Many of the POWs still express anger at Lyndon Johnson for mismanaging the war, and in particular they blame the organized left, and what they see as its sympathizers in the press, for mislabeling a North Vietnamese offensive [Tet] that was clearly repelled as a defeat for the Americans. "The thing that really bothered me was that LBJ, he let those demonstrations on college campuses really affect him," Paul Galanti, a Navy pilot who was shot down and taken prisoner by the North Vietnamese in 1966, told me. "He should have smashed those demonstrations. To let them happen was anarchy."* Galanti, like several other ex-POWs, was a supporter of Swift Boat Veterans for Truth, the group that spread unfounded accusations about John Kerry in 2004. The "Swift Boat" attacks against Kerry were a delayed reaction to what some veterans saw as Kerry's betrayal of their cause upon his return home from Vietnam. "I have some pretty strong feelings about these sorts of people," Galanti said.†
* — While it's certainly possible that Paul Galanti entered the Naval Academy in hope that he would one day be tasked to kill Asian people (and considering WWII and the Korean Conflict had both occurred within the last 20 years, it doesn't seem so unreasonable), in all likelihood he viewed the war in Vietnam as necessary to preserve the freedom of the South Vietnamese people. After all, he wasn't there just to be there. So you've really got to admire that he considers stamping out the freedom of American citizens necessary to complete the objective of bringing those same freedoms to the Vietnamese. You have to wonder: if you asked Galanti to build houses for Habitat for Humanity and then he suddenly discovered that his house had dry rot and needed extensive renovation, would he burn his own house down to eliminate a costly distraction from his objective?— Jeffrey Goldberg, "The Wars of John McCain." The Atlantic Monthly, Oct. 2008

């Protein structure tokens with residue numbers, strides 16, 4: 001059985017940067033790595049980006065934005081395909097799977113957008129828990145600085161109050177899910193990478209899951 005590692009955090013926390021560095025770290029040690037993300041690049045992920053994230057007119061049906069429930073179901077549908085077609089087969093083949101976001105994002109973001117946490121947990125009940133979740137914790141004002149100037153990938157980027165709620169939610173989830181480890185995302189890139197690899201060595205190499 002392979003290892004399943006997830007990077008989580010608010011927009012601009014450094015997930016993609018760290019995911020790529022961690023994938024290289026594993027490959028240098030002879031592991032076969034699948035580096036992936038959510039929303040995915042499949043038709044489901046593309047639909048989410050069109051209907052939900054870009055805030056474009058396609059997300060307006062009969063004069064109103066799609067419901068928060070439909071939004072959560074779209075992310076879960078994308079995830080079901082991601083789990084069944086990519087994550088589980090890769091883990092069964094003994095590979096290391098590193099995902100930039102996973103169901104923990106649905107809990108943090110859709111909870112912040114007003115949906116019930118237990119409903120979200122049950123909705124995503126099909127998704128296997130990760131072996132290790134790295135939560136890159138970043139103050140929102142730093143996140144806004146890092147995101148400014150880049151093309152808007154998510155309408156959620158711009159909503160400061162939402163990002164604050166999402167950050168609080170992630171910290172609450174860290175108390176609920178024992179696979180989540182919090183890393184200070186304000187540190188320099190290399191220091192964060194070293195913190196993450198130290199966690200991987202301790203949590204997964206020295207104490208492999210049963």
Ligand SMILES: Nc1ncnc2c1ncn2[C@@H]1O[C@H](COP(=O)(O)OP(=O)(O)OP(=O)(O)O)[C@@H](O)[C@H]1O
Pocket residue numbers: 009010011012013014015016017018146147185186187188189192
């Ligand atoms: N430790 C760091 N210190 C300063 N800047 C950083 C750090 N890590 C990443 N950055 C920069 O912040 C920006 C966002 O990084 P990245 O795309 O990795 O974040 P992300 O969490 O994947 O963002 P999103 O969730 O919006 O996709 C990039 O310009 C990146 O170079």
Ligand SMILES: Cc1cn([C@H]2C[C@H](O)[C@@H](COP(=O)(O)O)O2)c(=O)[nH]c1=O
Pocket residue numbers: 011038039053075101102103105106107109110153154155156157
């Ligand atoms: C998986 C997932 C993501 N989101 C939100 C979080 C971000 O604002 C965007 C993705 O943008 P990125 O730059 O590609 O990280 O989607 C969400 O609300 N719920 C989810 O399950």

† — Also, while he doesn't explicitly say the word, the general attitude toward Kerry, amongst those who still trade in the Dolchstoßlegende concept, is that he dishonored the cause, the men and the uniform. In short, that he either lied or wrongly minimized the capabilities and sacrifices of his fellow soldiers when he said that Vietnam was a mistake that could not be corrected. Incredible that Galanti's response to being dishonored, sold short and lied about is to put his name on a bunch of made-up shit about John Kerry. You have to credit him, then, when he maintains his support for the American misadventure in Iraq: not only does he believe "two wrongs make a right" is the right choice for him; it's also the right choice for America.
Obviously, there isn't a single objective and rational reason to vote for John McCain, but it's striking just how much his campaign not only seems to acknowledge this but run as hard as possible in the wrong direction in response. To begin with, it's almost hysterical that the party of fiscal responsibility chose — in contradistinction to pretty much every other nation in the entirety of human history — to lower taxes before declaring war. It's even more hysterical that this selfsame party managed to precipitate the most catastrophic banking and real estate crisis in America since the Great Depression. But, on top of all that, they chose as their candidate a member of the Keating Five.